While he stands tall in history as a motorsports legend, Dale Earnhardt Sr. wasn’t everyone’s favorite driver. As his title of ‘the Intimidator’ would lead you to believe, Earnhardt had no problem throwing his weight around on the track. At one point, Mark Martin experienced that reality firsthand.
According to Martin, Dale Earnhardt Sr. apparently decided to “mess with” him and started “pushing [his] buttons” whenever they crossed paths. Everything changed, however, after Martin stood up for himself and put the Intimidator in his place.
Dale Earnhardt Sr. was a NASCAR legend
No matter your preferred sport, there will always be a handful of legends who tower over the landscape. In the world of NASCAR, though, few stand taller than Dale Earnhardt Sr.
While his father hoped that he’d do something other than racing, Earnhardt Sr. eventually found his way behind the wheel. He dropped out of high school, made his Winston Cup debut in 1975, and, in 1979, earned NASCAR Rookie of the Year honors. That early success, however, was only the beginning.
Earnhardt captured his first Cup Series championship in 1980 and only continued to thrive after that. By the time of his tragic death, the Intimidator had won 76 races across 27 campaigns; he took home a total of seven Cup Series crowns and, along the way, built up a $70 million net worth.
As all NASCAR fans will remember, though, Dale Earnhardt Sr.’s career came to an untimely end at the 2001 Daytona 500. While that crash has shaped his legacy, it shouldn’t overshadow his on-track success.
The Intimidator had no problem throwing his weight around on the track
By and large, Dale Earnhardt Sr. is a pretty popular guy in the world of NASCAR. His appeal, however, wasn’t completely universal; he was, after all, the Intimidator.
During his time on the track, Earnhardt had no problem being the bad guy. He drove an all-black car, scowled from behind his sunglasses, and was ready to trade paint at any opportunity; incidents like the famous ‘Pass in the Grass’ only enhanced that reputation.
Although those actions rubbed some the wrong way—Earnhardt received at least one death threat during his career—they were part of what made him a NASCAR legend. The Intimidator probably wouldn’t have won as many races as he did, not to mention becoming a larger-than-life figure, without his willingness to don the metaphorical black hat.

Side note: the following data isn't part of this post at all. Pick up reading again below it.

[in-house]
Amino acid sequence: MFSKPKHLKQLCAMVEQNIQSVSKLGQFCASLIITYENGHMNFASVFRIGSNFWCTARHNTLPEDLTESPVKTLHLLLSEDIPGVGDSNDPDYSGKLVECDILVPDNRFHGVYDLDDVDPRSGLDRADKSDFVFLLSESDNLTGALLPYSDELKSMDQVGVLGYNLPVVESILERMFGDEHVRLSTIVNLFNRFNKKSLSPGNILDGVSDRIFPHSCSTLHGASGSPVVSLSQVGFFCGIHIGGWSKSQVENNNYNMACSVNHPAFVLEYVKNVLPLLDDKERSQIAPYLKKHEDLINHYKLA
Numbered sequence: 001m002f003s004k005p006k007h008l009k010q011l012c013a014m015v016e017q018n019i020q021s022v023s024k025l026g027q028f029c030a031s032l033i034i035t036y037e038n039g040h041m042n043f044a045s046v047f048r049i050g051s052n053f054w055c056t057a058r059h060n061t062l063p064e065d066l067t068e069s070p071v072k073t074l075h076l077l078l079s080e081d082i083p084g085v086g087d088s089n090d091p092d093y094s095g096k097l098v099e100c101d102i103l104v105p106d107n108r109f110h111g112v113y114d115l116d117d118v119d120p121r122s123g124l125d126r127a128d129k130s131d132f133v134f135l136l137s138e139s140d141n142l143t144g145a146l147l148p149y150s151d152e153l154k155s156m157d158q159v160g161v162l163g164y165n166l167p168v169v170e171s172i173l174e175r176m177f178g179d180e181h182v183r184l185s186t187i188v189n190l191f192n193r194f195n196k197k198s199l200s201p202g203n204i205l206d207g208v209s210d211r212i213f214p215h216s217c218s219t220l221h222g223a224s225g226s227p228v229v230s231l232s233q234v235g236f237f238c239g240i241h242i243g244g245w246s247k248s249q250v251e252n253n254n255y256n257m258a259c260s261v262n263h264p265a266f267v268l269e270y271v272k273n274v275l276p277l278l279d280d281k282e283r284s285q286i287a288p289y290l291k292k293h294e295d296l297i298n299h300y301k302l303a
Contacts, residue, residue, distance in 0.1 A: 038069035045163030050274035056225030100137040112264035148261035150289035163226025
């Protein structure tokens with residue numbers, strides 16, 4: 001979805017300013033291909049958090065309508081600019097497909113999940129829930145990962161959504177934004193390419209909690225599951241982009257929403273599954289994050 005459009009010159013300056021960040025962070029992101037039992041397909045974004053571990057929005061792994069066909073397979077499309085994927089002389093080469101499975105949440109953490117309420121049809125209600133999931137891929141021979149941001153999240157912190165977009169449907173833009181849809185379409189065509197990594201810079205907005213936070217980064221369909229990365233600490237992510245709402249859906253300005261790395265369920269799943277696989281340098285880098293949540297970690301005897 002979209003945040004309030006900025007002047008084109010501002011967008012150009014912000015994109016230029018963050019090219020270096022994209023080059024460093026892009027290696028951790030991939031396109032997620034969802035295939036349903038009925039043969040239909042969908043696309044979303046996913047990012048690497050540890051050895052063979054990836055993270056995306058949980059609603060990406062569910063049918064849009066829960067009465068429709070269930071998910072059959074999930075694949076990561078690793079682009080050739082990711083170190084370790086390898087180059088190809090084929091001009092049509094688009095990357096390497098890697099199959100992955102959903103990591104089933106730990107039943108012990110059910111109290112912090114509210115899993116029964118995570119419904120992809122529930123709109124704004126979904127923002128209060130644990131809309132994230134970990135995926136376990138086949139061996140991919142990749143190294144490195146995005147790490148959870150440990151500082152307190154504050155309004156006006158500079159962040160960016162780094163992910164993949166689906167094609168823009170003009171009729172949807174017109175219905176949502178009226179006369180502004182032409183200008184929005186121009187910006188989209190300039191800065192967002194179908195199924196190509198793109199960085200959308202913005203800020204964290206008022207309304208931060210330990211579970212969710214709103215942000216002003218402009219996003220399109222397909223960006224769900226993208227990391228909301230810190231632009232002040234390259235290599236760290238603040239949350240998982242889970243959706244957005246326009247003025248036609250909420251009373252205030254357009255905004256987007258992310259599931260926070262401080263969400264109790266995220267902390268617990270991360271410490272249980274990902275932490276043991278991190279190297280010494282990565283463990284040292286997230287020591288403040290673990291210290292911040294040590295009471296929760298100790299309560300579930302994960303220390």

Dale Earnhardt Sr. made quite the impact on Mark Martin
Even though his career came to an untimely end, Dale Earnhardt Sr. made quite the impact on NASCAR. He also gave Mark Martin some additional, more personal memories.
“I had some issues with Earnhardt,’’ Martin explained on his podcast, according to Dustin Long of NBC Sports. “The stories on Earnhardt are Dale really respected me before I got to NASCAR, he knew who I was. He treated me with great respect until one day in the mid-90s, he wakes up and he just thinks, ‘Boy, I’ll just mess with Mark, see how much he will take.’ He started pushing my buttons just for the fun of it.”
After Earnhardt wrecked him during practice, however, Martin decided that he had to stand up for himself.
“So, the next weekend on Friday, first thing we rolled out at New Hampshire, I go out, and here he is. He does the same thing, and I put the wheel on him in practice,” Martin continued. “He comes in after practice, and he looks at his p.r. guy, and he said, ‘I think Mark has had enough.”
With that remark, the conflict was officially over.
“I wasn’t going to cry to the media, I wasn’t going to complain, I was going to be a man,” Martin concluded. “I wasn’t going to be a baby. Some of the other people, their reactions … Dale didn’t like the way they reacted, he didn’t respect it and he made their life miserable.”
Going up against Dale Earnhardt Sr. could certainly be intimidating. As Mark Martin learned, however, he also respected those who could give him a taste of his own medicine.